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History of Halloween and other scary facts.

This Tuesday is Halloween! I love to dress up and stir up some fun.

Did you know that:

Halloween’s origins can be traced back to the Celtic festival of Samhain. Samhain marked the end of the harvest season, the midpoint between the fall equinox and the winter solstice, also known as Cross-Quarter Day.

Celts believed that on the night of October 31st, the boundary between the living and the dead blurred, allowing spirits to walk the Earth. People lit bonfires and wore costumes to ward off these wandering spirits.

In the 7th Century, the Christian church sought to replace pagan festivals, so it established November 1 as All Saints' Day, a day commemorating all the saints of the church.

The All Saints’ Day celebration was also called All-Hallows or All-Hallowmas, and the night before was called All-Hallows Eve, then eventually, Halloween. The Holy Eve of All Saints Day.

In 1000 A.D., the church created All Souls’ Day on November 2, a day to honor the dead.

Day of the Dead

Celebrated after Halloween on November 1 and 2, "Day of the Dead" (Día de los Muertos) is a beautiful and unique tradition that combines indigenous beliefs with Catholicism. Traditionally a Mexican holiday, it is a time to honor and remember deceased loved ones. DoD is not a mournful occasion but instead a joyful and colorful celebration of life and death.

The Middle Ages: In England and Ireland during All Saints' Day and All Souls' Day celebrations, poor people would visit the houses of wealthier families and receive pastries in exchange for a promise to pray for the souls of the homeowners’ dead relatives. This tradition is called "souling".

Later children would go from door to door asking for gifts such as food, money, and ale as an early form of trick-or-treating.

19th Century: Jack-o-Lanterns came to light.

Jack-o-lanterns originated from an Irish myth about a man nicknamed “Stingy Jack,” who tricked the Devil and was forced to roam the earth with only a lump of burning coal in a turnip to light his way. People made their own versions of Jack’s lanterns by carving scary faces into turnips or potatoes and placing them into windows or near doors to frighten away wandering evil spirits

In America, pumpkins were used because they were more common and much better suited for carving.

19th Century: So, it seems that the Irish and Scottish brought much of the fun and mischief to America during Halloween celebrations. Some of the common Halloween pranks were placing wagons and livestock on the roofs of barns, tipping over outhouses, and other naughty things.

By the early 20th century, vandalism, physical assaults, mayhem, and acts of violence were not uncommon on Halloween.


During the Great Depression in the U.S., violence around Halloween became an issue, so parents, organized “haunted houses” to keep their kids off the streets and out of danger.

Dressing up in costumes had been associated with Halloween since its inception, But it wasn't until the mid-20th century that costumes started to look the way we know them today.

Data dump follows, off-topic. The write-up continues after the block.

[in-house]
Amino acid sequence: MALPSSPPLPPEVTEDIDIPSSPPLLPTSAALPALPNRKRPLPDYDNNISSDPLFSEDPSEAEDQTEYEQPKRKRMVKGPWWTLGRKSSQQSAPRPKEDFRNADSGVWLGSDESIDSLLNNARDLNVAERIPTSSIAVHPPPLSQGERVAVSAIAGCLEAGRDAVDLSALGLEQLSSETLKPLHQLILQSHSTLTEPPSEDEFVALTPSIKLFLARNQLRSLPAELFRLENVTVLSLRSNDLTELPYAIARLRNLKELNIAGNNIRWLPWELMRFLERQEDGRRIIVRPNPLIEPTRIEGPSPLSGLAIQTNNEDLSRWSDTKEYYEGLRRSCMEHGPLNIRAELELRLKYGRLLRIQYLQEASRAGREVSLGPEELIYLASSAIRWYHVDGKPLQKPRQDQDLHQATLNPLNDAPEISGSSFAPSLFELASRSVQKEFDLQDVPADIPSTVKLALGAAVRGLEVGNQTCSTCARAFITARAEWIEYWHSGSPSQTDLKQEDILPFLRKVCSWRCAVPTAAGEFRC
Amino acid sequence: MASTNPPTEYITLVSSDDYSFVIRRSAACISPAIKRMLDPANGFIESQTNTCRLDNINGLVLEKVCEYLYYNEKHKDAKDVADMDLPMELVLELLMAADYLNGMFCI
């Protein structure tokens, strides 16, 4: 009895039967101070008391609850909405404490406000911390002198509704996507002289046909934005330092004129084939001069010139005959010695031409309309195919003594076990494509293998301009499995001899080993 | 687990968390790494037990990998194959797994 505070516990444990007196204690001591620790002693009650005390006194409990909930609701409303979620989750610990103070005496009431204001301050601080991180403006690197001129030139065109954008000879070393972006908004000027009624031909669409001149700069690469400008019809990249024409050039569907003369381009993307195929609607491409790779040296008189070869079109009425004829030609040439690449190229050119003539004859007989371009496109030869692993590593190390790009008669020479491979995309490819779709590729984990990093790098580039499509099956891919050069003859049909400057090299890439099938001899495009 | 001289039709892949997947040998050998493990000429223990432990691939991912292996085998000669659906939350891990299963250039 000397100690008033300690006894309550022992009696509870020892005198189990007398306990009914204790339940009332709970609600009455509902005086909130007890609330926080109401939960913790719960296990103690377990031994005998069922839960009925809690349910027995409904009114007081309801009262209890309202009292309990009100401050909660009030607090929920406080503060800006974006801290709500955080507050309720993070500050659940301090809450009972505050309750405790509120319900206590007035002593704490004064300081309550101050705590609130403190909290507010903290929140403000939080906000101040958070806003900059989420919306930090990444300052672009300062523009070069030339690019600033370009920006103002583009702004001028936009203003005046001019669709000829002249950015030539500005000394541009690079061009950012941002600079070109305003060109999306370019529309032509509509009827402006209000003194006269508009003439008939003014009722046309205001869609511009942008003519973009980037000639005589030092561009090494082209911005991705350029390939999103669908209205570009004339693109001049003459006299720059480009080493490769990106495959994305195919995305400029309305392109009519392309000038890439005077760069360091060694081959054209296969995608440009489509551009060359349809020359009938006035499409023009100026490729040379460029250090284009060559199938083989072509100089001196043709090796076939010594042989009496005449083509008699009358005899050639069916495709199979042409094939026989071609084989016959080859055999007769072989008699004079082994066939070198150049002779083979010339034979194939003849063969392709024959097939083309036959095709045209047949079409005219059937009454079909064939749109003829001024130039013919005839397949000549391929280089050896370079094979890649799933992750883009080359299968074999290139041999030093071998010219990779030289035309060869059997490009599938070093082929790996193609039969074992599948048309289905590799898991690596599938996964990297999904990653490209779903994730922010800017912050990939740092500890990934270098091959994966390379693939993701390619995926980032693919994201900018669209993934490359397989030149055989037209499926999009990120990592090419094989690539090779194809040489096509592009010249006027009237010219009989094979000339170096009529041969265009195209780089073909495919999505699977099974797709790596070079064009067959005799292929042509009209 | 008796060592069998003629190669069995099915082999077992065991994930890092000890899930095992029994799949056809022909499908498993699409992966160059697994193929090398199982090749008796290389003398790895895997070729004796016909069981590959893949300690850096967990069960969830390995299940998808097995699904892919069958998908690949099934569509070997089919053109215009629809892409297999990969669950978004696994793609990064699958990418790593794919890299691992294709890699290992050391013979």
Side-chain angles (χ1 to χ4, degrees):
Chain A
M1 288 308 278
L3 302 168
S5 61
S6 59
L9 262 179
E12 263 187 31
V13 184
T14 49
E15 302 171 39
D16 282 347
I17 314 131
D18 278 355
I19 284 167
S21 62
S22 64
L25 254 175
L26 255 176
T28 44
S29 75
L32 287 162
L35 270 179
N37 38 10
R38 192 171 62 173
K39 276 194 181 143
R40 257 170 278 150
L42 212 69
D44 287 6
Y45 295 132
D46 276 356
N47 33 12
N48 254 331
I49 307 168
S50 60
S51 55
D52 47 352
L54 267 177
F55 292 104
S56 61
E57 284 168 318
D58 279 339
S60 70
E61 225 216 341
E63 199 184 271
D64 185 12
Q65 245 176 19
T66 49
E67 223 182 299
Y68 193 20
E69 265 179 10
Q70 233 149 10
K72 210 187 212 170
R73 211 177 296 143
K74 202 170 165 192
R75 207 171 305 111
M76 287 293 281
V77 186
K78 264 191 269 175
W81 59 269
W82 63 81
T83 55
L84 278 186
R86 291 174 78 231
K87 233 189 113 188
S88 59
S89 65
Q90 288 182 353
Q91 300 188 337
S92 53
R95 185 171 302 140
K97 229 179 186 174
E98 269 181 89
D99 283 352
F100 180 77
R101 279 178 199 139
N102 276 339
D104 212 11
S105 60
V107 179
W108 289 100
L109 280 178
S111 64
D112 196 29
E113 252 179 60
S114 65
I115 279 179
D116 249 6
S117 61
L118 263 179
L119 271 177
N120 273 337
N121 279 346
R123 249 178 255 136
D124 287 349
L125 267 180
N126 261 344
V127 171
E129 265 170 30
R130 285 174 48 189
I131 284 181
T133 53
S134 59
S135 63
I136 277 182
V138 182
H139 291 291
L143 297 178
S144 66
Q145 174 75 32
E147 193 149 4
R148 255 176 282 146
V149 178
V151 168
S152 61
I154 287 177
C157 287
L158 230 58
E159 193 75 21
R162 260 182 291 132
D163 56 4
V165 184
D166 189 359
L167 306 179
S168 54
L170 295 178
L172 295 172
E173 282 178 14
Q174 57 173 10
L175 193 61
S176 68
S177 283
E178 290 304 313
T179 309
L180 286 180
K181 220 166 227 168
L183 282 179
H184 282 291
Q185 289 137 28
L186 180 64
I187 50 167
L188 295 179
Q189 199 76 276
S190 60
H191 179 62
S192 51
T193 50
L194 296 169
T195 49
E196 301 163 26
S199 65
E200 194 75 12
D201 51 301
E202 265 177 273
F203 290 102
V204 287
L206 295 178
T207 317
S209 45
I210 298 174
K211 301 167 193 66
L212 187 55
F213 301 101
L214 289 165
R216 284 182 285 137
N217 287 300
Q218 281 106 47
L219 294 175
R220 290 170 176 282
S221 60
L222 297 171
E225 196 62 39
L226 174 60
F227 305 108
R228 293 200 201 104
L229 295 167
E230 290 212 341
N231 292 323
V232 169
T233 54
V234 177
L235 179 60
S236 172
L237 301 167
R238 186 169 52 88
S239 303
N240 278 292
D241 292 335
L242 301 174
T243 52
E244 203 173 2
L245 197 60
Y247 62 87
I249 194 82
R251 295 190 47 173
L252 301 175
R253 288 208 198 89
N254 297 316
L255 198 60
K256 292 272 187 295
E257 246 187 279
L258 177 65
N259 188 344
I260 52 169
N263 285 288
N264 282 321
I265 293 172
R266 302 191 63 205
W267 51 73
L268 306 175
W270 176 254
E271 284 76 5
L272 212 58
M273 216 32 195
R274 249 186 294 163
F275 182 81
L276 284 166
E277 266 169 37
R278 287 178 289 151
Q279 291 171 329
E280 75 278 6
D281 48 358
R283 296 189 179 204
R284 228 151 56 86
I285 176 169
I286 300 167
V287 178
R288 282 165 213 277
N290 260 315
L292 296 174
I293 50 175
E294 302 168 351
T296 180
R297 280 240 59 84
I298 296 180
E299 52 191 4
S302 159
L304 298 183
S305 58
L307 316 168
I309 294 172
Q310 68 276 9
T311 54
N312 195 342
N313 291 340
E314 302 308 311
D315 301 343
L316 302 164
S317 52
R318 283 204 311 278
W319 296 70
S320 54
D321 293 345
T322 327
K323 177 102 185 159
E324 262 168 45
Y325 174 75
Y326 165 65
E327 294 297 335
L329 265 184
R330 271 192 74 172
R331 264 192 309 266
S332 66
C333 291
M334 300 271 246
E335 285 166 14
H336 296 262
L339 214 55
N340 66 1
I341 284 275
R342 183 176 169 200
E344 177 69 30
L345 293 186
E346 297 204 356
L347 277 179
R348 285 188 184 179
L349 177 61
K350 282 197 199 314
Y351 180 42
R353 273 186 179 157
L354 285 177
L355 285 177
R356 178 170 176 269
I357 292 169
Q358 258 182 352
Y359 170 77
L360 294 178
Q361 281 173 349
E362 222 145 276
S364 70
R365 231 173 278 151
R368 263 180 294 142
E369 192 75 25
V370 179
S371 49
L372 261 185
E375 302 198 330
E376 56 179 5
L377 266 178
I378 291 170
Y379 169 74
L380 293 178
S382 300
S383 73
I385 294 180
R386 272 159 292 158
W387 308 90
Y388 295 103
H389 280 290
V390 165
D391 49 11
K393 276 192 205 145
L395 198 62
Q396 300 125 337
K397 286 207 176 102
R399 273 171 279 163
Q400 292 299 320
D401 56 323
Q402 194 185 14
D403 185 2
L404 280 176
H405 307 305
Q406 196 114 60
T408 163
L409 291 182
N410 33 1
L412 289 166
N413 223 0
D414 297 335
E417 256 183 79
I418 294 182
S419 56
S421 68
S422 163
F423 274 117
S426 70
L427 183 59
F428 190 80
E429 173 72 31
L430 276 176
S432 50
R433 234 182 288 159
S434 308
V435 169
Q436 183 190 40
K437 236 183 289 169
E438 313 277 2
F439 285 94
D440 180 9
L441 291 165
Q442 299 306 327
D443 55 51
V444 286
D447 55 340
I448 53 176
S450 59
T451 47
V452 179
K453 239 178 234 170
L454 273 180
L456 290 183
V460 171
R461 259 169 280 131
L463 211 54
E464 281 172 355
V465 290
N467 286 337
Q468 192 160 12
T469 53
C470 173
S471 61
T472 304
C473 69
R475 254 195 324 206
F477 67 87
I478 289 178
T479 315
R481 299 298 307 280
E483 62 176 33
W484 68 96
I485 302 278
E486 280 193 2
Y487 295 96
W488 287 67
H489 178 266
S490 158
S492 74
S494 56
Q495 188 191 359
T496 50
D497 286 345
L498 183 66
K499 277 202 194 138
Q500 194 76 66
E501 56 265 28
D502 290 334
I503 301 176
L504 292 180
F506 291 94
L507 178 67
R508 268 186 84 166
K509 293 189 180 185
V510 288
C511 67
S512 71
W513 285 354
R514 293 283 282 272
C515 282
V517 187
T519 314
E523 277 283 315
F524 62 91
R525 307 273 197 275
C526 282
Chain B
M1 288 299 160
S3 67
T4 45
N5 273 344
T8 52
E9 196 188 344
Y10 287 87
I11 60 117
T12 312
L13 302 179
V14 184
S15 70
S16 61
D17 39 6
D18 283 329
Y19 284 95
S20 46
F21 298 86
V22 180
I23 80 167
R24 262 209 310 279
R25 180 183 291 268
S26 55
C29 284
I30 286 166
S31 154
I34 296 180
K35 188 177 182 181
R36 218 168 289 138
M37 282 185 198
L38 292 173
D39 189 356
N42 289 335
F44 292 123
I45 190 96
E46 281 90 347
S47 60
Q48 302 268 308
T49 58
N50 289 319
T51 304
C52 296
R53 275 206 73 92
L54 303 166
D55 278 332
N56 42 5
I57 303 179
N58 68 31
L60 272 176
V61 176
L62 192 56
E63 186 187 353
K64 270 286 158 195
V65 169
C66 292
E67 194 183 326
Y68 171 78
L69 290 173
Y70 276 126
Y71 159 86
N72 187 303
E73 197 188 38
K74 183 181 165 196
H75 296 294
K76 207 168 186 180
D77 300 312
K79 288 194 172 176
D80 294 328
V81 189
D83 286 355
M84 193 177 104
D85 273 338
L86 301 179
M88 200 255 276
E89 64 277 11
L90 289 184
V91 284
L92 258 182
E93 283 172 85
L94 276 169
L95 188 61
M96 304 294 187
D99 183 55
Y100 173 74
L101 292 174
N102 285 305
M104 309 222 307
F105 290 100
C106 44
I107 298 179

The popularity of dressing up in Halloween costumes can be attributed to a combination of historical, cultural, and commercial factors. It has become a central and cherished aspect of Halloween celebrations, allowing people to engage in creativity, self-expression, and communal fun during this festive holiday.

Why is a black cat crossing your path considered bad luck?

In medieval Europe, people believed that the devil and witches were capable of taking the form of black cats. So, a black cat crossing your path might be a witch or the devil in disguise.

During the Renaissance, Many fearful peasants hurried to the nearest church and paid a priest to bless them and rid them of any bad omen that the cat may have caused. These fears were encouraged since this was a source of income for the church.

Cats also became linked to witches in medieval Europe.

Since Witches honored the natural world and had great respect for plants and animals, the affection between humans and animals was seen as evil or devilish.

Luckily, some cultures believe that black cats bring good luck. They were honored in ancient Egypt, and in Scotland and Japan, they represent prosperity.


  • The Biggest Pumpkin World record was set this year on October 10 in Half Moon Bay, CA! It came in weighing 2,749 pounds.The pumpkins grower, Gienger, won $9 per pound, = $24,741, as well as a special $30,000 "mega-prize" for the new world record.

  • The largest pumpkin pie ever baked was in Ohio in 2010. It weighed 3,699 pounds and was over 20 feet in diameter. It took 1,212 pounds of canned pumpkin, 2,796 eggs, 525 pounds of sugar, and 440 sheets of dough to make the pie

  • The average American consumes approximately 3.4 pounds of candy on Halloween.

  • Children eat around 7,000 calories, which equals three cups of sugar on Halloween

  • This year Americans are predicted to spend nearly $2.6 billion on candy alone.

  • An estimated 300,000 tons of candy is sold during the Halloween season.

  • 35 million pounds of candy corn are still produced each year.

  • Hershey begins producing its holiday-specific candy up to six months in advance of Halloween.


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